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Source: Authors’ calculations based on Table 1.
There is minimal change to the payoff to labour market experience for those born in Australia, with the reduction ranging from 7 to 15 percent. This implies that labour market experience has only a modest impact on occupational status for those born in Australia.
The control for occupation has a slightly greater impact on the payoff to pre-immigration experience for immigrants from English-speaking countries. This ranges from 12 to 23 percent. Among immigrants from non-English-speaking countries, the pattern of effects is quite different, with the payoff to pre-immigration labour market experience rising once account is taken of occupation. Evaluated at 10 years, the payoff to pre-immigration labour market experience rises from 0.5 percent per year in the benchmark model, to 0.66 percent (a 32 percent increase) following control for Major Group occupation. It rises further to 0.86 percent (a 72 percent increase over the benchmark model) when dichotomous variables for the 44 Census occupations are included in the model. These changes in the estimated effects as the earnings equation is augmented with information on occupation follow the pattern found for the US labour market by Chiswick and Miller (2007). Comparison of Table 2 for Australia and Table 3 for the US reveals that the changes in the effects of educational attainment on earnings following standardisation for occupation are broadly the same in Australia and the United States. While precise estimates of the differences in the relative magnitudes of the changes in Australia and the United States due to holding occupation constant are hard to assess, given the different definitions of the variables and the level of detail on occupation, it appears that inter-occupational earnings differences are greater in the payoff to education in Australia than in the US. This may follow from the more centralised system of wage determination, and perhaps greater union power, in Australia than in the US, and as a result the more egalitarian distribution of earnings within each occupation (see Miller, Mulvey and Martin, 1995).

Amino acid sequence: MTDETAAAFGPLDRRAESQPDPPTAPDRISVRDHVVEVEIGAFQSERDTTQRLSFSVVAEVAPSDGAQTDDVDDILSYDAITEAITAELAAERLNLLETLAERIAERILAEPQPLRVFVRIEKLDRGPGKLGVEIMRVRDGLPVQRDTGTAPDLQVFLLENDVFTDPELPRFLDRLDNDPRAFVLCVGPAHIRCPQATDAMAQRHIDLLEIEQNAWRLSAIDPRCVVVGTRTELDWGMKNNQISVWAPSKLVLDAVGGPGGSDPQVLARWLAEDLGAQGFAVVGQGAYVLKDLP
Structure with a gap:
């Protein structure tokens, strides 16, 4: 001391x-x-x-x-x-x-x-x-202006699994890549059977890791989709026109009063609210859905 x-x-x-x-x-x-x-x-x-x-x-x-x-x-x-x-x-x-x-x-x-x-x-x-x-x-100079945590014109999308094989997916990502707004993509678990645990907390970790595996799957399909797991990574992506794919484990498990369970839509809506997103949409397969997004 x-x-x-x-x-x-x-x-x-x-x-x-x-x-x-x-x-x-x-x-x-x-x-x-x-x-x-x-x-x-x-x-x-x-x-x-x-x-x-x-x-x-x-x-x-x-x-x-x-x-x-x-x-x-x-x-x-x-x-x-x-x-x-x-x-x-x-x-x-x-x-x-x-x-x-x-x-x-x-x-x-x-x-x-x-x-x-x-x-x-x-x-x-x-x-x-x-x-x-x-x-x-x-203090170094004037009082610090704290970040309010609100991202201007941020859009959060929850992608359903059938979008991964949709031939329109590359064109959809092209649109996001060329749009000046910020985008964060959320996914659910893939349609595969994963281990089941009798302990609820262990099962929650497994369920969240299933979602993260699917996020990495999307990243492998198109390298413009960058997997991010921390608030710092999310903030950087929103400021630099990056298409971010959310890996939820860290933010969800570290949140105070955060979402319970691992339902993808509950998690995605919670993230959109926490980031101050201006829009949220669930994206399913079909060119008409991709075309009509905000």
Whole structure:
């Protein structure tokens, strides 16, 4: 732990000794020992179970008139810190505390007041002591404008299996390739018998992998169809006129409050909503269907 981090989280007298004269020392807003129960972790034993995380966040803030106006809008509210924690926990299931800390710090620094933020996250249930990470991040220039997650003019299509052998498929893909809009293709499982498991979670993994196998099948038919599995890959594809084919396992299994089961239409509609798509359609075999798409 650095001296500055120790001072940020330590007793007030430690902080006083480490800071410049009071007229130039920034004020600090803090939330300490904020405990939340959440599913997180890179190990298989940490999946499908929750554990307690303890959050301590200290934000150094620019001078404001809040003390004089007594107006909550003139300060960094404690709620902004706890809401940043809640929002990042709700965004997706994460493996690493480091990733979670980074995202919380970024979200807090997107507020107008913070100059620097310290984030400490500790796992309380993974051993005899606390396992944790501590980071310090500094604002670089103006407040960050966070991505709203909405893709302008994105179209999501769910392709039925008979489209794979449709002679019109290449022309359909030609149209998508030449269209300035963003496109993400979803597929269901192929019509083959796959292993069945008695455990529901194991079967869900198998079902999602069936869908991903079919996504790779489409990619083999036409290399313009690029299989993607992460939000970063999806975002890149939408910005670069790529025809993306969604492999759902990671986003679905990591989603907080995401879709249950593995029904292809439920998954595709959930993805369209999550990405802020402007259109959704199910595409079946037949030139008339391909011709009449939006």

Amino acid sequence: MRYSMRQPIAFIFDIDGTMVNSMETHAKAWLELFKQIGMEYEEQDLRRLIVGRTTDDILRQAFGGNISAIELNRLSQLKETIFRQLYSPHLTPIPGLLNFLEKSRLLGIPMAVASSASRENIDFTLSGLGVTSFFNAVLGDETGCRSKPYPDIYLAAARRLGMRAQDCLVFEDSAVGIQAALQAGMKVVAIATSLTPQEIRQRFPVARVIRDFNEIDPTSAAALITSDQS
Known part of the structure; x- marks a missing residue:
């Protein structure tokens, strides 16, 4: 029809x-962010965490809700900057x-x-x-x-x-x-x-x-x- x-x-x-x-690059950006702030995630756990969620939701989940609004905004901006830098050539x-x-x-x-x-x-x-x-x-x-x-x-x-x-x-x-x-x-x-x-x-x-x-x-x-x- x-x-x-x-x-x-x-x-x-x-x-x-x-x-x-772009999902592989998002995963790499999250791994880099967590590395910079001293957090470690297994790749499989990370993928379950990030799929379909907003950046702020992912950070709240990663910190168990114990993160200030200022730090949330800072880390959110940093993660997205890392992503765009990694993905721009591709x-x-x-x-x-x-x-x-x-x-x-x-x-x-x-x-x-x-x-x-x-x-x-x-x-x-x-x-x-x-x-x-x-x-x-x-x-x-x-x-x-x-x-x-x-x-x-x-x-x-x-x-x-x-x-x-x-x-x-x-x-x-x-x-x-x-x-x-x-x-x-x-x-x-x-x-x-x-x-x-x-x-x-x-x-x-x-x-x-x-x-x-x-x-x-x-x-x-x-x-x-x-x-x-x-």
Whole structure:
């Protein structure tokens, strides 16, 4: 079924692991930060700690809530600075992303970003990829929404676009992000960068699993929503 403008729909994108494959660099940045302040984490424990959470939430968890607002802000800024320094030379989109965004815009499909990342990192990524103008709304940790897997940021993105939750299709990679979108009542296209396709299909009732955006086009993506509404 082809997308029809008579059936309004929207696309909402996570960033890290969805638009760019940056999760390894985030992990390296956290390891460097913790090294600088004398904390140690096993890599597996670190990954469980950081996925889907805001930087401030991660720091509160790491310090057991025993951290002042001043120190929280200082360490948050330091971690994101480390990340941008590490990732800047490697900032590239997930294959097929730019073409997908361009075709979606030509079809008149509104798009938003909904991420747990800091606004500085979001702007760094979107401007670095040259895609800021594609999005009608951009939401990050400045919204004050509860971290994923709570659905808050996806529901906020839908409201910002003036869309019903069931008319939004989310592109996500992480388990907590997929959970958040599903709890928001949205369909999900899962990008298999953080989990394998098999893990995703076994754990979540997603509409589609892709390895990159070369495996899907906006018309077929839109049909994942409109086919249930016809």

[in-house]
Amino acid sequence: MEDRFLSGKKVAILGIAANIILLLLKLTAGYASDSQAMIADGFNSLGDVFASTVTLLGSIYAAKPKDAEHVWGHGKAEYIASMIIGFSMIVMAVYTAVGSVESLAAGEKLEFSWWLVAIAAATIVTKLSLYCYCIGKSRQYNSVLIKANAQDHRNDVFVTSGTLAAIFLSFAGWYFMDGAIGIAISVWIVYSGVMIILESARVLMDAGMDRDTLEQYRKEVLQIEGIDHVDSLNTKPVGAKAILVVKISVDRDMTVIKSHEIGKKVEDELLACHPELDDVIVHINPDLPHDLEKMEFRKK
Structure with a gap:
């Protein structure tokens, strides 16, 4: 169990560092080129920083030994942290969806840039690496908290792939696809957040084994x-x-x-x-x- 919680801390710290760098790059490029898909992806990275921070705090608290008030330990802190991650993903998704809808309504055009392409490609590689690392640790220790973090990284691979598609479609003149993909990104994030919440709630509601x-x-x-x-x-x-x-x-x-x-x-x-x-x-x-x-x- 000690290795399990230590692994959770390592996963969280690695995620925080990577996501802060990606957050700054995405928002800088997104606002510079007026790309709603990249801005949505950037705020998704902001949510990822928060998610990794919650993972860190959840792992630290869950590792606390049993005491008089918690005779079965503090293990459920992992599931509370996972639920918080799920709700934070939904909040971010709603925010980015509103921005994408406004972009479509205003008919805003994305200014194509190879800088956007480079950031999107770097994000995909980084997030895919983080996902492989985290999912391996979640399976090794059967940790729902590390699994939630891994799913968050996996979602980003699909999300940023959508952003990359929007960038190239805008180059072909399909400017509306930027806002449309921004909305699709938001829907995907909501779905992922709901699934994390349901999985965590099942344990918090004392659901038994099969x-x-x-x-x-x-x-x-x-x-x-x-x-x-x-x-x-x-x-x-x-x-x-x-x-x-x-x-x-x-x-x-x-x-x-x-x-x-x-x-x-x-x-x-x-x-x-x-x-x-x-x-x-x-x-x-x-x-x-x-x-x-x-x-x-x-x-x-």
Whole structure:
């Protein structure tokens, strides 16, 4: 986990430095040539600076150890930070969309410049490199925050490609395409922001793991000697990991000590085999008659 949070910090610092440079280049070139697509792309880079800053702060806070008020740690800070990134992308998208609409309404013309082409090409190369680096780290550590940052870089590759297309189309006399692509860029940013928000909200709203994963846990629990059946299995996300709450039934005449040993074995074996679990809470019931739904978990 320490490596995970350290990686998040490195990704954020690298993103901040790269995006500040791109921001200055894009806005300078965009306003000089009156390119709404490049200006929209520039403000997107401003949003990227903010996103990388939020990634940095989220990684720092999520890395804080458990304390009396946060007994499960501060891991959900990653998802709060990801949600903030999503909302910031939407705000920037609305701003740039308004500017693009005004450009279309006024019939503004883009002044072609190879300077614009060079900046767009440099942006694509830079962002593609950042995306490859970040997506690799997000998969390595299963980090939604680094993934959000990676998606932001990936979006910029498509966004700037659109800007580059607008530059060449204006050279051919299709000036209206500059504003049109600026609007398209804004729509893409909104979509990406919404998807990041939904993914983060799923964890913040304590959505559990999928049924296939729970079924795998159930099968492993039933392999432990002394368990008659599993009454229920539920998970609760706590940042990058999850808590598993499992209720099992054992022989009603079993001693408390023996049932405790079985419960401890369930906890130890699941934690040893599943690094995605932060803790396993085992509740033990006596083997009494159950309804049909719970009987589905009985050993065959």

Note: Only 11 percent of the foreign born were from English-speaking developed countries.
Source: Chiswick and Miller (2007).
(ii) Occupation Fixed Effects
Differences in the impact of occupation on earnings across the three birthplace groups can be assessed informally by plotting the fixed effects from the respective earnings equations. Figures 1 and 2, respectively, present the plot of the estimated occupational “fixed effects” coefficients from the model for the Australian born against the “fixed effects” coefficients for immigrants from English-speaking countries and non-English-speaking countries. The straight line AA in these figures is the simple regression of the coefficients on occupation for the Australian born on the coefficients for immigrants from English-speaking countries and non-English-speaking countries, respectively.5 These comparisons of the occupational fixed effects suggest that they are so close that they are not likely to be the main contributor to the different pattern of results across birthplace groups in Table 2. Given these findings, the explanation for the differences in the estimates of the earnings equation between the Australian born and the foreign born when occupation is held constant needs to focus on the partial effects of the explanatory variables on occupational choice.
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